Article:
Here is another "Irish" song whose title gives no clue, other than the "Arrah". So what does Oregon have to do with the Irish? The lyrics tell a tale of "Pat McCarty, hale and hearty", an Irishman living in Oregon who hears about New York City and leaves the farm to go to the big city. Once there he finds a young "Mary Ann" and with her discovers big city sticker shock and heads straight back to Oregon. It is a cute song with a good tune and lyrics. Here is the chorus (after Pat decides to head back home):
Listen to this jaunty Irish song.
Arrah, go on, I'm gonna go back to Oregon,
Arrah go on, I'm gonna go back and stay.
I could buy the horses many a bale of hay,
for all that I'd have to pay to feed a chicken on old Broad-way.
Arrah, go on, there's somebody back in Oregon
Who calls me uncle Pat, not uncle John..(etc)"
Music & Lyrics by: Chauncy Alcott
Cover artist: unknown
Chauncy Olcott (1858 - 1932) was one of the greatest composers of Irish ballads in the US during the period from about 1880 - 1920. His songs, including When Irish Eyes Are Smiling, My Wild Irish Rose (see if you can catch the phrase from WIR he has slipped into this song) and many other ballads,virtually define Irish music in America. This is one of his less well-known works
Now you have seen two songs with the name Eileen Asthore involved. In attempting to find out who she was I came up empty until I connected with Jerome Driver who has an incredible site that is a definitive reference for all things Irish. With over 3000 links, he can help you find anything. Indeed, he provided me with the scoop on "Eileen" and it is fascinating. Here, in his own words, is the story of Sweet Eileen Asthore.
"It is all quite simple. Eileen or Aileen are words frequently used in poetry and song to refer to Ireland during the Penal Laws sometime after 1559 but especially from Cromwell's time and prior to 1829.
During this period it was forbidden by law and punishable by death to write, recite or sing patriotic songs or verse. As you may be aware the Gaelic word for Ireland is …ire (genitive case …ireann). It became standard practice during the Penal Law era for bards to refer to Ireland by a girl's name, and in particular one that sounded like …ire. Eileann is, therefore, a poetic reference to Ireland.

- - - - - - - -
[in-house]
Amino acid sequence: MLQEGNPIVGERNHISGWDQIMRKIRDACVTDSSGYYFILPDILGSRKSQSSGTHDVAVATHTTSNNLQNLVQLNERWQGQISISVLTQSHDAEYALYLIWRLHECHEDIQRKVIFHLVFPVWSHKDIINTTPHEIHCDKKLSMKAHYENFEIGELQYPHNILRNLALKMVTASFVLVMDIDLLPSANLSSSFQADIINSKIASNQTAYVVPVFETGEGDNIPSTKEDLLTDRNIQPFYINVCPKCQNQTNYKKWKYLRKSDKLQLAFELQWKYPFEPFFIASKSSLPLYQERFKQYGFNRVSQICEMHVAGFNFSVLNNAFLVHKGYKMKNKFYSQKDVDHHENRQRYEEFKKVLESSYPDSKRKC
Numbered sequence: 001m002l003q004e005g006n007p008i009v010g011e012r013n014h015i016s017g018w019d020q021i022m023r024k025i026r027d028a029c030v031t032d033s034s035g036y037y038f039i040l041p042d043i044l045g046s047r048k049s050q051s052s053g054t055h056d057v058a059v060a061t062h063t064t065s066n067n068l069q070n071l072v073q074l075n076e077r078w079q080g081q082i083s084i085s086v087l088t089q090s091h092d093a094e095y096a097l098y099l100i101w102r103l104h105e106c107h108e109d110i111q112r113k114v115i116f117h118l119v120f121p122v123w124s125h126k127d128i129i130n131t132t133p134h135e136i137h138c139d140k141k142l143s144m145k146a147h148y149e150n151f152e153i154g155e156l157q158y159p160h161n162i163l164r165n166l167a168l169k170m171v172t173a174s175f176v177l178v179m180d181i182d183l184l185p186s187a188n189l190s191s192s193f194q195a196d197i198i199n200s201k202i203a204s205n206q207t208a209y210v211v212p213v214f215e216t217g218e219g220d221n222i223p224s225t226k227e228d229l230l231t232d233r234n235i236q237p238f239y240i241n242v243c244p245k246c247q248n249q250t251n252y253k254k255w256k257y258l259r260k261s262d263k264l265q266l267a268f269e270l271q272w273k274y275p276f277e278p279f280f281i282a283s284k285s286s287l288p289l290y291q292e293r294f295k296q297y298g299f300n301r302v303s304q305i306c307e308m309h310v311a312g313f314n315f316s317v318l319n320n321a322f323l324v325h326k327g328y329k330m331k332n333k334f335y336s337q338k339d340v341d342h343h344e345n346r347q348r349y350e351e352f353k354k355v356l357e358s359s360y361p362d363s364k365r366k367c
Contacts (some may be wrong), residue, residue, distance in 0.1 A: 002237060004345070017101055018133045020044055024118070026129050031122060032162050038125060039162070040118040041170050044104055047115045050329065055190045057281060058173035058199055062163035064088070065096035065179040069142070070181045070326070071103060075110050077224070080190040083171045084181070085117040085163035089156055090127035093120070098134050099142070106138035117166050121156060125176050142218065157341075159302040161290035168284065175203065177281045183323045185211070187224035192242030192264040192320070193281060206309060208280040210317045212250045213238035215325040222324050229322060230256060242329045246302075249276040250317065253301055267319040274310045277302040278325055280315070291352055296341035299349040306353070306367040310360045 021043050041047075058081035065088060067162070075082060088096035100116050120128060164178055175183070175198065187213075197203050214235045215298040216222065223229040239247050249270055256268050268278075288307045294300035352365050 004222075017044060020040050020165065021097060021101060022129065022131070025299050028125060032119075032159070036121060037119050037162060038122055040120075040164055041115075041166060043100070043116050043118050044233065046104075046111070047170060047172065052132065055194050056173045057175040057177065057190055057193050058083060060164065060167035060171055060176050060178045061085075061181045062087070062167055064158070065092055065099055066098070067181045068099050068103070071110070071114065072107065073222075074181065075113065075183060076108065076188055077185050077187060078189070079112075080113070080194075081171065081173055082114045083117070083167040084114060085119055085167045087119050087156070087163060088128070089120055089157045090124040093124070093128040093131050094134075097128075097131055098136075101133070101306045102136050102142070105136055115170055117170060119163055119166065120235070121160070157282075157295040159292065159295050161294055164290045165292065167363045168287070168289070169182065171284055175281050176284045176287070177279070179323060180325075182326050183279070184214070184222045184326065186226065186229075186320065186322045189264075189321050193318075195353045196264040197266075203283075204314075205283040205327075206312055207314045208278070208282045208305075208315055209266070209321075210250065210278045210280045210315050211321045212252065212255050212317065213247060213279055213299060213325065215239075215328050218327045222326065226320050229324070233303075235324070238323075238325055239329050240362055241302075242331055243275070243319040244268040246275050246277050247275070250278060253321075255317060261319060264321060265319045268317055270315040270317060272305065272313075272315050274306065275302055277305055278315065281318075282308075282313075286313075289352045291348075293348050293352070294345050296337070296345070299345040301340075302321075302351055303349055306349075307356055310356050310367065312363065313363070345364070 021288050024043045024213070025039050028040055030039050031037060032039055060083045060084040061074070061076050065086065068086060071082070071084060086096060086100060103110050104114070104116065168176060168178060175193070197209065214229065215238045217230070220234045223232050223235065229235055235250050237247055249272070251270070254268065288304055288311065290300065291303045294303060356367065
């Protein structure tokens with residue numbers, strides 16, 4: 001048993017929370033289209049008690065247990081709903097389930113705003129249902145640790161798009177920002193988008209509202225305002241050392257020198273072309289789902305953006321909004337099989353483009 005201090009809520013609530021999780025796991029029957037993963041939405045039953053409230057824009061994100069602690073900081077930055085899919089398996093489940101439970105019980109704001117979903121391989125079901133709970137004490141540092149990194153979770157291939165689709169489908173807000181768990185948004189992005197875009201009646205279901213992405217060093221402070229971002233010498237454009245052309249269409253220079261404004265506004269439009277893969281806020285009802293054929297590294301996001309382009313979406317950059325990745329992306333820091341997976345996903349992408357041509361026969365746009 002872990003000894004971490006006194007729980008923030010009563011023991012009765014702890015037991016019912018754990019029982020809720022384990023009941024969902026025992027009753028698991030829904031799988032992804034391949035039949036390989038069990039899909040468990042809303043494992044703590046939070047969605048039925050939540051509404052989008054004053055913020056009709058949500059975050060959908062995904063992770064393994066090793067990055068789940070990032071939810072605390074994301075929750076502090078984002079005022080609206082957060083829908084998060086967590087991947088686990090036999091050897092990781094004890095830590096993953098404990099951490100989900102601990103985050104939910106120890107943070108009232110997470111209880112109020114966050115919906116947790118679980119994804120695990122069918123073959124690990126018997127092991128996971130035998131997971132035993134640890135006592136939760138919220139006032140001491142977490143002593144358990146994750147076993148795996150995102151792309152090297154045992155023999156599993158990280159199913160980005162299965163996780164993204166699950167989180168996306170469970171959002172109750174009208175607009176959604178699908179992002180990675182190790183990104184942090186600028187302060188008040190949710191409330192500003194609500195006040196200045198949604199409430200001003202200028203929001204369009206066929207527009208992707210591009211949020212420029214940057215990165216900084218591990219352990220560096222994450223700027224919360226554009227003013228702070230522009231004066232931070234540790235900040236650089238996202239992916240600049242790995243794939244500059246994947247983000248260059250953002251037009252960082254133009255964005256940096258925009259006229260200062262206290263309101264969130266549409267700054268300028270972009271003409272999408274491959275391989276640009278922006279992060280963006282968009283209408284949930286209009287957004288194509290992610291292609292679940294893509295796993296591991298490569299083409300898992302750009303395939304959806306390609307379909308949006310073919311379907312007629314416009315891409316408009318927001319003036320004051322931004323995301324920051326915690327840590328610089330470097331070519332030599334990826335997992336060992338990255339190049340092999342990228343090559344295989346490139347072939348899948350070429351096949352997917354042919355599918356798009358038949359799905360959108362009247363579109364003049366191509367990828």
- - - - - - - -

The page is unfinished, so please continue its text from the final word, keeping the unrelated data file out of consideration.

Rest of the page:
The Asthore bit is also quite simple, although complicated. It is basically two words in Gaelic. A + StÛr. "A" is vocative (in case you didn't have Latin that is the case you use to address someone e.g. "O Rick" or rather more familiar but less literarily "My Rick". The word "StÛr" originally meant a wealth of something or treasure. It came to be used as "darling" and the phrase "A StÛr" or Asthore in English means "my darling". The song is, therefore, originally and accurately " My darling Ireland" disguised as an ode to a maiden. "
Visit Jerome at http://www.irishman.org and sign his guestbook as a thanks for his contribution.
Listen to this ode to Ireland from Olcott.
My Irish Maid
Music by: Max Hoffman
Lyrics by: George V. Hobart
Cover artist: unknown
Here I have another partially lost treasure; the final page of this song is all that has survived. Again, we have a fine melody and with what is left of the lyrics, a fine song about an Irish maid. Looking at the lyrics, this may also be one of those songs referred to by Jonathan as a disguised ode to Ireland.
Hear this lovely fragment.
"A small wee bit of Blarney, sent from Erins Isle so fair
Oh! my heart is in Kilkenny, And I wish I too had stayed.
Girls are many but not any like my Irish maid.
This song is from a Rodgers Brothers production titled "In Ireland". The lovely lady on the cover is Bessie De Voie.
Be sure to visit this month's gallery for more songs, including "My Wild Irish Rose".